Customers' declining satisfaction with banks could drum up mystery shopping opportunities

Many financial institutions are looking to incorporate emerging technology into their operations to increase efficiency and productivity, driving down costs from payroll.

Many financial institutions are looking to incorporate emerging technology into their operations to increase efficiency and productivity, driving down costs from payroll. However, these efforts may not be quite as well-received by their clients, according to a recent J.D. Power and Associates Retail Banking Customer Satisfaction Survey.

Banking customers report lower satisfaction

The study, which was based on answers from approximately 12,000 banking customers in Canada, found a 5 percent drop in advocacy and a 4 percent drop in loyalty. This means customers are less likely to recommend the brand to their families and friends, while they are more likely to switch to a competitor.

One of the primary contributing factors was fees. The study found 27 percent of respondents said fee structures had changed in 2011, and one-quarter said they were less satisfied with the rates they were paying.

"Not only are customers frustrated with changes to their fee structure, but many are also confused by the changes, leading to the lower satisfaction," said Lubo Li, senior director of the financial services practice at J.D. Power and Associates.

To improve customer satisfaction, Li said there should be renewed focus on engagement between banks and consumers. Fostering an environment in which customers understand changes and are aware of new offerings on digital and mobile channels might bolster satisfaction.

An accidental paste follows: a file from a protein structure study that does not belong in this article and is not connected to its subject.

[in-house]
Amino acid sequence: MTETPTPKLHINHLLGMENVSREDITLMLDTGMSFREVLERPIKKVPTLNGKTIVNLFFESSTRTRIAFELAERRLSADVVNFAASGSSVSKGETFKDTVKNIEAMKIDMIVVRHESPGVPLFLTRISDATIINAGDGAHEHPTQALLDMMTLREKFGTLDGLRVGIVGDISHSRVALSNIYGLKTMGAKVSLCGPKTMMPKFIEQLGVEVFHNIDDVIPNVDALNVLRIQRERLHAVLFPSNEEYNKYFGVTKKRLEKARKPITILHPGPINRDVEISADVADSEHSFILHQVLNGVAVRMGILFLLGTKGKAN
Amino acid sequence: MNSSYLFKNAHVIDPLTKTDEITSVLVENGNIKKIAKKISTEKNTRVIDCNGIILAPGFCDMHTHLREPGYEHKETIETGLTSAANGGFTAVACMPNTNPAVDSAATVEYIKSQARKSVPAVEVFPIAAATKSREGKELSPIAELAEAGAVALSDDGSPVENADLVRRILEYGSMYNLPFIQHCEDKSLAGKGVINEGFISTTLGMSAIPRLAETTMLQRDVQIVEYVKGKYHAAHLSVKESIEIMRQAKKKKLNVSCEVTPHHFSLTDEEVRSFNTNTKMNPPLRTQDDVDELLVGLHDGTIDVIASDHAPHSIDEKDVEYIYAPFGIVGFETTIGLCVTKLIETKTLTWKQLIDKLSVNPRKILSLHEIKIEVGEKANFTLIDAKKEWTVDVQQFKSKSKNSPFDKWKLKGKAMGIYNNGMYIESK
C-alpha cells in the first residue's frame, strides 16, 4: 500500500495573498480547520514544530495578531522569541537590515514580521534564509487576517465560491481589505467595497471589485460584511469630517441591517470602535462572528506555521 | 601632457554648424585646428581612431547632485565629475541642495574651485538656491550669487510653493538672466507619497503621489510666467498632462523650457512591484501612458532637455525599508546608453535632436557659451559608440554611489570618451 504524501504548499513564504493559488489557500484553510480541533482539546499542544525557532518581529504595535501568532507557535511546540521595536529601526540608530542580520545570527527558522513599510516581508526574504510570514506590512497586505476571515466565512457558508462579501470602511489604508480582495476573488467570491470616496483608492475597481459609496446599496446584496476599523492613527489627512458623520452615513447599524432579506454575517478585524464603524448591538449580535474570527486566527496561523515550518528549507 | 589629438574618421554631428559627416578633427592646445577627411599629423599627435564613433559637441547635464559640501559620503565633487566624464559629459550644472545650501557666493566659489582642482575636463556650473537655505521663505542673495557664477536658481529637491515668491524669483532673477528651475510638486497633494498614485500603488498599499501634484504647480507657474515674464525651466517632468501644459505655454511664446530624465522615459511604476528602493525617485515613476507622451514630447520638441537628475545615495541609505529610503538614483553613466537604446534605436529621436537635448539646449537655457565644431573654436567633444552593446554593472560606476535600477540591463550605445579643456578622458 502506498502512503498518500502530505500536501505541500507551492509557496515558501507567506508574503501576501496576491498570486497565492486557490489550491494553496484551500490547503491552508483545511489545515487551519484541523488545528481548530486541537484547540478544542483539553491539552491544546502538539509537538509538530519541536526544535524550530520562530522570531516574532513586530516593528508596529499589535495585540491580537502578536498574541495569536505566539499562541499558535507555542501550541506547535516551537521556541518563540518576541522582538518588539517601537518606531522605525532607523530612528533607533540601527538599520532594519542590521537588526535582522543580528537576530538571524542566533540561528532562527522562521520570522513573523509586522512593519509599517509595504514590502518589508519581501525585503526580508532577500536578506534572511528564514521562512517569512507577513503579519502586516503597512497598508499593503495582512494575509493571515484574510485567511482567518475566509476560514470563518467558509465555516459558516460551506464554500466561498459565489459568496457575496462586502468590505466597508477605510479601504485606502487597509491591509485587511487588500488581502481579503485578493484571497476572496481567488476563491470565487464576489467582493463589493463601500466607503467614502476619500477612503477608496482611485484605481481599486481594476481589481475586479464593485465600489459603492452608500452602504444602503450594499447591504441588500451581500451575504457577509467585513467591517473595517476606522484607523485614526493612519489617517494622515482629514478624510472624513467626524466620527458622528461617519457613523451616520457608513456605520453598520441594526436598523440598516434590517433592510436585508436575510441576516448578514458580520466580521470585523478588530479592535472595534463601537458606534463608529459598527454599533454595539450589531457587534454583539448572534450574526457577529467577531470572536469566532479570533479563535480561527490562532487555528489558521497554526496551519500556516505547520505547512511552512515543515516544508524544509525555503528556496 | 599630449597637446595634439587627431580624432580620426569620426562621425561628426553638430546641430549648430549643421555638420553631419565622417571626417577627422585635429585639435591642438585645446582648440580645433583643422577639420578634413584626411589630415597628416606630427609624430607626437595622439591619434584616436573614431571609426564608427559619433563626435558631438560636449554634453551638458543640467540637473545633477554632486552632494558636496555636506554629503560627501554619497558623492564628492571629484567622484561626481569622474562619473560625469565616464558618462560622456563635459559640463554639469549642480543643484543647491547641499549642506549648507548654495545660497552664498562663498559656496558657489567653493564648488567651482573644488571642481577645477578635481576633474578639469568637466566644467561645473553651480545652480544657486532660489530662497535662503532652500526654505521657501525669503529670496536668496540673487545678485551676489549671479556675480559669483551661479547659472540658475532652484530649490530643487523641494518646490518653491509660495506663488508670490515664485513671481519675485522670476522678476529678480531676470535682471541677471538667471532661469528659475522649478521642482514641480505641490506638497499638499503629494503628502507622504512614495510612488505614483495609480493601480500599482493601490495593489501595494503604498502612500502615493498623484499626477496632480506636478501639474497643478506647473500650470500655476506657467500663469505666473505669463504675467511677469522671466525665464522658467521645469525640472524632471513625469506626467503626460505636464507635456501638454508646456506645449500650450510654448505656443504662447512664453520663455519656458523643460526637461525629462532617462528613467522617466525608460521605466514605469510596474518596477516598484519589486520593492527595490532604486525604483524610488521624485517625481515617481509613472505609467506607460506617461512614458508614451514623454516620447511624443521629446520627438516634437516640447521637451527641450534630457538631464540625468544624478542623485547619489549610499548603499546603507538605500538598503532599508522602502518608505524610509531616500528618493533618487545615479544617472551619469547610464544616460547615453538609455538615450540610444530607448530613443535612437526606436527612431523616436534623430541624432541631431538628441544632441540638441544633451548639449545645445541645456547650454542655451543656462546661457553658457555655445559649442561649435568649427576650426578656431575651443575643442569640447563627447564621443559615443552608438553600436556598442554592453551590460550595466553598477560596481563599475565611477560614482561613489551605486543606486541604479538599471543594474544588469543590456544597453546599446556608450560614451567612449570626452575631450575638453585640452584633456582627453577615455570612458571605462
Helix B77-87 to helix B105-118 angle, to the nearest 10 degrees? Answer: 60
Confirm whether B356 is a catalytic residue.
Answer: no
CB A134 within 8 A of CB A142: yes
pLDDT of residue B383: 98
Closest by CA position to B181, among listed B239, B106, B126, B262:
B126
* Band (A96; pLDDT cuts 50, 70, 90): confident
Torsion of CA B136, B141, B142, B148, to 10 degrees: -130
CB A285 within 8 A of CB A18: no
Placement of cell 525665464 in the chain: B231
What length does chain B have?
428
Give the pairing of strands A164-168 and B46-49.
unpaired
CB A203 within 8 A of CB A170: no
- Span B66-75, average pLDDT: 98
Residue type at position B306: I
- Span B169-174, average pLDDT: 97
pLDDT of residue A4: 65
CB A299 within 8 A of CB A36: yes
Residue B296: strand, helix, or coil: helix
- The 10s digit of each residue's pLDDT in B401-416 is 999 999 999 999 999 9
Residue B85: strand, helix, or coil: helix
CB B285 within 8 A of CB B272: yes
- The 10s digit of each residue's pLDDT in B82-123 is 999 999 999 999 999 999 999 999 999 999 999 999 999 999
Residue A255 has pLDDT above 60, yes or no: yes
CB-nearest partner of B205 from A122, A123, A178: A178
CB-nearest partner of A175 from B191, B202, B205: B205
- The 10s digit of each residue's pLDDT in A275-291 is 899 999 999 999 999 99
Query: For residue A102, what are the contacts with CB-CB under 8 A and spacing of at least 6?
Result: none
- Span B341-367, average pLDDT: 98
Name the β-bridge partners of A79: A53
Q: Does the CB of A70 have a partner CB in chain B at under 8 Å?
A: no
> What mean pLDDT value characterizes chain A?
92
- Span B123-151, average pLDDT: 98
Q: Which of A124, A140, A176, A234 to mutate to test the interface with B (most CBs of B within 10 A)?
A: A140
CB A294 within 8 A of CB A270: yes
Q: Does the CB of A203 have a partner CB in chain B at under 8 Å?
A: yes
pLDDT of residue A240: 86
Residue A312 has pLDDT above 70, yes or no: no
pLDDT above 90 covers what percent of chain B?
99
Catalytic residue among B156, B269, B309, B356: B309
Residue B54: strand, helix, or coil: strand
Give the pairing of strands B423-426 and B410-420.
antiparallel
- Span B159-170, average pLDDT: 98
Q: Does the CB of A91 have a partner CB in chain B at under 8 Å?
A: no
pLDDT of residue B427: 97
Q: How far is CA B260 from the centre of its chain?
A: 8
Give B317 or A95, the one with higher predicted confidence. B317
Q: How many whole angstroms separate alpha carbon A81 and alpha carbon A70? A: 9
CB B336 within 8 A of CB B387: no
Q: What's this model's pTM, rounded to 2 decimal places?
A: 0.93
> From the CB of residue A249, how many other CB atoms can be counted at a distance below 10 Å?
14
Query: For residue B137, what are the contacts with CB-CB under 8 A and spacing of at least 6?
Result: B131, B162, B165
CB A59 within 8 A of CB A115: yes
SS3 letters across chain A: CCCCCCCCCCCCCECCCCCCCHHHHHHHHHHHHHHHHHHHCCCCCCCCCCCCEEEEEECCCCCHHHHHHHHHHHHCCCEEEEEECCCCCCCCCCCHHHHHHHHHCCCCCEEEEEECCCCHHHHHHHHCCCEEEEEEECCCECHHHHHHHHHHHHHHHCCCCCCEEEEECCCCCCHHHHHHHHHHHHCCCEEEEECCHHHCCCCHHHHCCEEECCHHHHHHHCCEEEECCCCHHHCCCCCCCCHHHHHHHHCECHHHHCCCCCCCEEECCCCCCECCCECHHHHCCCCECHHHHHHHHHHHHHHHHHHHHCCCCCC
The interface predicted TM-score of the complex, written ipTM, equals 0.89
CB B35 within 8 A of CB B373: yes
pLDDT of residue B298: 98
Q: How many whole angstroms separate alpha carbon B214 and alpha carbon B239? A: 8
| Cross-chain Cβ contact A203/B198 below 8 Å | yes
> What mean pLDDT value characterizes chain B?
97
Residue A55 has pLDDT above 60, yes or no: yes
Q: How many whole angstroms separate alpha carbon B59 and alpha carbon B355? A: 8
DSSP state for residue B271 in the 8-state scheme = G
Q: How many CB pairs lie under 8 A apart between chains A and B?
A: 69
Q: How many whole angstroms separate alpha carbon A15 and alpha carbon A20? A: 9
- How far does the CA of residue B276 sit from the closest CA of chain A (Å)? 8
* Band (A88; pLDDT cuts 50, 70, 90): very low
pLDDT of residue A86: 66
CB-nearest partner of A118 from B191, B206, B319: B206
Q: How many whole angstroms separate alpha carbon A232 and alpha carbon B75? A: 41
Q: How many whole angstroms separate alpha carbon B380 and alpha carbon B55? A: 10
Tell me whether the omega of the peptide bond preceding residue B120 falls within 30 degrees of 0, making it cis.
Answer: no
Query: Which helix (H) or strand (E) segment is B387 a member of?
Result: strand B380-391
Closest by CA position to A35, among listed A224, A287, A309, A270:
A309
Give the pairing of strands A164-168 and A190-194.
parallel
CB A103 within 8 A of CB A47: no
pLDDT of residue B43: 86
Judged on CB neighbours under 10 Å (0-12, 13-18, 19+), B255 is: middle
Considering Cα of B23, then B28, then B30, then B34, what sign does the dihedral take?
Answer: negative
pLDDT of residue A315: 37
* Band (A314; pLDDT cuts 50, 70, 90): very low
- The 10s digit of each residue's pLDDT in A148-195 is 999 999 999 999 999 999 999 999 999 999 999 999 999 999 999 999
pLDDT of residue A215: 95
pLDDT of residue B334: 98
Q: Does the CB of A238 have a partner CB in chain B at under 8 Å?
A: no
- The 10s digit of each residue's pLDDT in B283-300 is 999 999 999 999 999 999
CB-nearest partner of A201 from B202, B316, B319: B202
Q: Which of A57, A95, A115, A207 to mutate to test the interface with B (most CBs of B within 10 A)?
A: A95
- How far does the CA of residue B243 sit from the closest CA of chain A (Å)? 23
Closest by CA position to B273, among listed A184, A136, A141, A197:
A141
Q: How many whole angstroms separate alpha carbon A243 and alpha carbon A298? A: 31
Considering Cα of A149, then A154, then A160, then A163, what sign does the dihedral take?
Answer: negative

Mystery shoppers can help banks improve scores

As banks look to improve their customer satisfaction and loyalty ratings, they might consider bringing in professional mystery shoppers. Instead of relying solely on customer surveys, which may be influenced by previous frustrations with fee changes or service encounters, financial institutions can hire a mystery shopping company to gain an unbiased view of the customer experience that's being offered.

They might ask secret shoppers to gauge how well employees explain fee changes and to what degree tellers provide information about new service offerings. Shoppers might be asked to note whether or not service representatives pose certain questions, such as "Do you participate in mobile banking?" "Can I tell you about our online services?" or "Would you be interested in switching to paperless statements?"

Bank chains can also use the service to evaluate their online offerings. Since they are encouraging clients to use web-based services rather than visit bank branches for certain transactions, they might want to ensure the sites are easy to navigate and customers can quickly find links to customer service representatives should they need help.